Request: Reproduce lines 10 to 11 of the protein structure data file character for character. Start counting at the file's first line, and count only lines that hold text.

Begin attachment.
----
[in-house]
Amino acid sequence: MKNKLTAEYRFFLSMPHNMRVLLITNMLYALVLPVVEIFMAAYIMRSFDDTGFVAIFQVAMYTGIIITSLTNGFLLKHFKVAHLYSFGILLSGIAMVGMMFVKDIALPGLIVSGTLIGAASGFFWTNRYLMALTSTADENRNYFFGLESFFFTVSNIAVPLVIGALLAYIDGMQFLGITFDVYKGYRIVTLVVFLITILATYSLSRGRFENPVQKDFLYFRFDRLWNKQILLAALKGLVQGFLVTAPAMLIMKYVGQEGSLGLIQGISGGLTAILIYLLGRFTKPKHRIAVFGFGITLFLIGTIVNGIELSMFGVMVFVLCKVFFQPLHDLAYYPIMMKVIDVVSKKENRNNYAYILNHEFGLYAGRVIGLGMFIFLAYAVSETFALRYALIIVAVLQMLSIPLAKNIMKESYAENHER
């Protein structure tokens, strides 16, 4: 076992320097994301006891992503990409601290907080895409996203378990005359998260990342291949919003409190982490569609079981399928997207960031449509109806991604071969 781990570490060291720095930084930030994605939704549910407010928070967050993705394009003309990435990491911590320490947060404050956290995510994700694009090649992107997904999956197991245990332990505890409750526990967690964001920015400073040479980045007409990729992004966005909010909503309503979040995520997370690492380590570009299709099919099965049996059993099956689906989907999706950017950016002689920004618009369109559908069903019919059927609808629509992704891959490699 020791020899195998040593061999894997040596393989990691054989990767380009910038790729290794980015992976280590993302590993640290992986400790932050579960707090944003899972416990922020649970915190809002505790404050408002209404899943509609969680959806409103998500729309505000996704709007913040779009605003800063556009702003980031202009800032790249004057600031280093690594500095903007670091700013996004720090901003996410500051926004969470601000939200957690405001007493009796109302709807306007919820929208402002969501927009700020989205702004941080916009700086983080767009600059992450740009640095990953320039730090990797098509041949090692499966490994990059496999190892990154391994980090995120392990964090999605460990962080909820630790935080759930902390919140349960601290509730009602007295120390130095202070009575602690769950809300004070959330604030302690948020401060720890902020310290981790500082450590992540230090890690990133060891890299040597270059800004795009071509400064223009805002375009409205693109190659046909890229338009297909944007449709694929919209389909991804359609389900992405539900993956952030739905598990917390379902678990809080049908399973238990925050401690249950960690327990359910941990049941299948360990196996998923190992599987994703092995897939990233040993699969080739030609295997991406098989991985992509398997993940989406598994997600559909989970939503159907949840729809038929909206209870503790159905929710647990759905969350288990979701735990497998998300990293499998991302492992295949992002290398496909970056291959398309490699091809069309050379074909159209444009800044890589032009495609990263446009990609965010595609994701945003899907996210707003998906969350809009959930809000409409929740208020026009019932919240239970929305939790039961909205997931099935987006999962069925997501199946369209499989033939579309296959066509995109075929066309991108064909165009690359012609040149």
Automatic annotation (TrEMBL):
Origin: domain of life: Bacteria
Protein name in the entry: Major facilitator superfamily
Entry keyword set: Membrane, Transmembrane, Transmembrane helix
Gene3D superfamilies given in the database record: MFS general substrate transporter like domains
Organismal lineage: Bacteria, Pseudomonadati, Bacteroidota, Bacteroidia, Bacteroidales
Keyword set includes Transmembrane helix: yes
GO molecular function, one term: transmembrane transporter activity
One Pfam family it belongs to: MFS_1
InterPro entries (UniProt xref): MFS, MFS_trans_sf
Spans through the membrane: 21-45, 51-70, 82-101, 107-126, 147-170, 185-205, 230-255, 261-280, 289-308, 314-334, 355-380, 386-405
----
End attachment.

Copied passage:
Keyword set includes Transmembrane helix: yes
GO molecular function, one term: transmembrane transporter activity